This cocktail has a pretty clumsy name but it illustrates one of the vexing problems that cocktail historians and bartenders have had over the past hundred years which is that there are only so many ingredients available. For the cocktail historian it might be that such and such drink was called X but there is another drink called Y but with a quarter ounce less juice so which one does he catalog? For the bartender it might be a question of when exactly does he think up a new name for a variation.
At the turn of the century it was standard procedure to add numbers to the variations (Corpse Reviver anyone?) and then it was accepted practice to give a new name to drinks that substituted ingredients (most recently my little run in with the Paper Airplane) or even proportions and let’s not even get into name changes for garnish (Gibson).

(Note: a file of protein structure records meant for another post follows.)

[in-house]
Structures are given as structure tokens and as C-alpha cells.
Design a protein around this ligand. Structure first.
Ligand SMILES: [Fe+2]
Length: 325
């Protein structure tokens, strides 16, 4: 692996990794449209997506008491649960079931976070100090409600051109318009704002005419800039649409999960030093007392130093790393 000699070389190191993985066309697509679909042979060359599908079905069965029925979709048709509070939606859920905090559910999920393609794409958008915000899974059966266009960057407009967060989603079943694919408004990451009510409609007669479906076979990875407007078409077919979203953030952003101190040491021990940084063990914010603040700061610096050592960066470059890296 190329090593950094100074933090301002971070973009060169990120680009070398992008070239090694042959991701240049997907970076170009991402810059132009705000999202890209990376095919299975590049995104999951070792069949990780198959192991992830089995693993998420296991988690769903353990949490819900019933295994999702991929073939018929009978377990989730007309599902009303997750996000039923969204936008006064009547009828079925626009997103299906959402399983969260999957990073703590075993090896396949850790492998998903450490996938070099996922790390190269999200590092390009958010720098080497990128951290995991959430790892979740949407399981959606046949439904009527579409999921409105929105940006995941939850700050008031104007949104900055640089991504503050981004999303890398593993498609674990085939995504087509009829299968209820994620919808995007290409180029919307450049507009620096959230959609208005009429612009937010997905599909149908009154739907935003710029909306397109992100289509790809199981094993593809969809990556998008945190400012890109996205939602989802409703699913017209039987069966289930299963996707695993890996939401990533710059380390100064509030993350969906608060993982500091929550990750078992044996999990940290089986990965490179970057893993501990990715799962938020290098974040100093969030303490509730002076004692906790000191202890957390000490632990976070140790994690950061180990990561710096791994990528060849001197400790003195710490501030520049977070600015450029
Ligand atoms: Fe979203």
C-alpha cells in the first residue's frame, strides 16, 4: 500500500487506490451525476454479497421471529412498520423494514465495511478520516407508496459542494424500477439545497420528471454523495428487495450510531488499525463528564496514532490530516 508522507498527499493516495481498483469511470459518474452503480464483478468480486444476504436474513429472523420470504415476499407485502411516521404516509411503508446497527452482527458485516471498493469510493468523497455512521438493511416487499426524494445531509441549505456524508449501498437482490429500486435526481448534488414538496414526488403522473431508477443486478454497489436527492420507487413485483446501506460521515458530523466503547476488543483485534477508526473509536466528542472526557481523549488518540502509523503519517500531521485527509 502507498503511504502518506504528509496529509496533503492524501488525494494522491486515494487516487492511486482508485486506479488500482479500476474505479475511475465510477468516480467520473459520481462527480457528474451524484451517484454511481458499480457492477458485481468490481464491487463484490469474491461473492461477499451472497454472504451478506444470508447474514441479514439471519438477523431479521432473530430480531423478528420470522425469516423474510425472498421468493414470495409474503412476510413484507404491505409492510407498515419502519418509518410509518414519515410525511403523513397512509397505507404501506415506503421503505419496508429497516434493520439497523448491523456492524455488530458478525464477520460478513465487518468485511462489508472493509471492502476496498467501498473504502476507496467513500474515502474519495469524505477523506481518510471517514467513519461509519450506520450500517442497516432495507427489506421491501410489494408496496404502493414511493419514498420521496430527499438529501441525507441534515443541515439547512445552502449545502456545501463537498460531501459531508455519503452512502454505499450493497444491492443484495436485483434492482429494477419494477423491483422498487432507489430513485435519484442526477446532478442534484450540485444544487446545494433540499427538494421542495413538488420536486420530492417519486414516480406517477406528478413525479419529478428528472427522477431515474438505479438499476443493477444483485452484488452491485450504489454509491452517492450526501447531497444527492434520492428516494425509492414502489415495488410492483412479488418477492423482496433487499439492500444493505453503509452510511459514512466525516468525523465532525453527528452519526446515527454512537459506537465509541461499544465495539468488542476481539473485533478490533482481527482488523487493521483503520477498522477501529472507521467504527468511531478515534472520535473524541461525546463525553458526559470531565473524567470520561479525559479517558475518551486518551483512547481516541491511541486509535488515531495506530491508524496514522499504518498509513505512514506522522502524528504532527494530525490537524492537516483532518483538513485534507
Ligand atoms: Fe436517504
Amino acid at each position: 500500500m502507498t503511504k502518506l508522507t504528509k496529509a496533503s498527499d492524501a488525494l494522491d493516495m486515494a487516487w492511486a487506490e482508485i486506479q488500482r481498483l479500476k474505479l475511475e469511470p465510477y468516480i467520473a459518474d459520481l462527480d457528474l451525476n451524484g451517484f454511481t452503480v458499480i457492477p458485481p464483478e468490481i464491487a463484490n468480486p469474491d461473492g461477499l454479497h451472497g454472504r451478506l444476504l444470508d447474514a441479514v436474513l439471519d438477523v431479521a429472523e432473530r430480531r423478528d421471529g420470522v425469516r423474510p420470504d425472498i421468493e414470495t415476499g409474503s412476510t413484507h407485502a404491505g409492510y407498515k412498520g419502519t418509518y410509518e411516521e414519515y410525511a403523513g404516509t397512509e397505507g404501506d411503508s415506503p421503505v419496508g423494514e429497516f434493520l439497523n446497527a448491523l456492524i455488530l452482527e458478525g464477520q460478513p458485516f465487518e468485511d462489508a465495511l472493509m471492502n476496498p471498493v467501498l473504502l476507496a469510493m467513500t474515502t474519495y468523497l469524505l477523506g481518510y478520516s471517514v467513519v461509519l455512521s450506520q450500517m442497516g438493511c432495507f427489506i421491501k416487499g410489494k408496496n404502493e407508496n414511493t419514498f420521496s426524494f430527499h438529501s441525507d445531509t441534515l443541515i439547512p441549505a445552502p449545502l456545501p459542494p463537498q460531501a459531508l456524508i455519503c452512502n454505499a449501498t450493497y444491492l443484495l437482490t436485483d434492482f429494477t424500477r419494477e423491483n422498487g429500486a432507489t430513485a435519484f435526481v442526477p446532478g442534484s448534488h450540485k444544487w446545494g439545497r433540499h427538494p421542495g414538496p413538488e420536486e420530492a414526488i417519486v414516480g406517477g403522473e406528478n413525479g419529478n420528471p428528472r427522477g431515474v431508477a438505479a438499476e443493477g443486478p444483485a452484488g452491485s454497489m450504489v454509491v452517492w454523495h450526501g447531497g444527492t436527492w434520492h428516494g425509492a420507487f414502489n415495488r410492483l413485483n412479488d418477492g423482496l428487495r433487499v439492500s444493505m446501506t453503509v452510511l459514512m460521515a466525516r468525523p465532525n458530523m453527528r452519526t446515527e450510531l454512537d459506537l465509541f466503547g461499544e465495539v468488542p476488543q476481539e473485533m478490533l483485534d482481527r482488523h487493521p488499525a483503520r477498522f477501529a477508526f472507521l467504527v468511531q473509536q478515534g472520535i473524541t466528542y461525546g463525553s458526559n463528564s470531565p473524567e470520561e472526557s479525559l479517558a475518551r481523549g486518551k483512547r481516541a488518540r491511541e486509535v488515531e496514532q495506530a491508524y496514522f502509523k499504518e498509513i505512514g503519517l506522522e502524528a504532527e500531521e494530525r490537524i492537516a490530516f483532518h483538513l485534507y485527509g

In his Vintage Spirits and Forgotten Cocktails book, Ted Haigh mentions that this drink is nothing more than a Pegu with a substituted ingredient and that anyone who ordered it might think that Barnum was right and that there is a sucker born every minute. But as I mentioned earlier, there are only so many ingredients so why not just try them all and look for the delicious ones? This one should be at the top of your list.
Barnum (was right) Cocktail
2 oz gin
1 oz apricot brandy (Marie Brizard Apry)
1/2 oz lemon juice
2 dashes Angostura bitters
Shake with cracked ice, strain and garnish with lemon twist.
I accidentally made this for guests with lime juice instead of lemon juice. It was disgusting. It was so disgusting in fact that even one sip ruined our palates and when I remade it correctly it still didn’t taste good. Just a lesson to always confirm the ingredients before starting. I will say that having made it after that the drink returned to its place as one of our favorites. I strongly urge you to give this one a try even if Barnum was right. You’ll be rewarded with a delicious cocktail.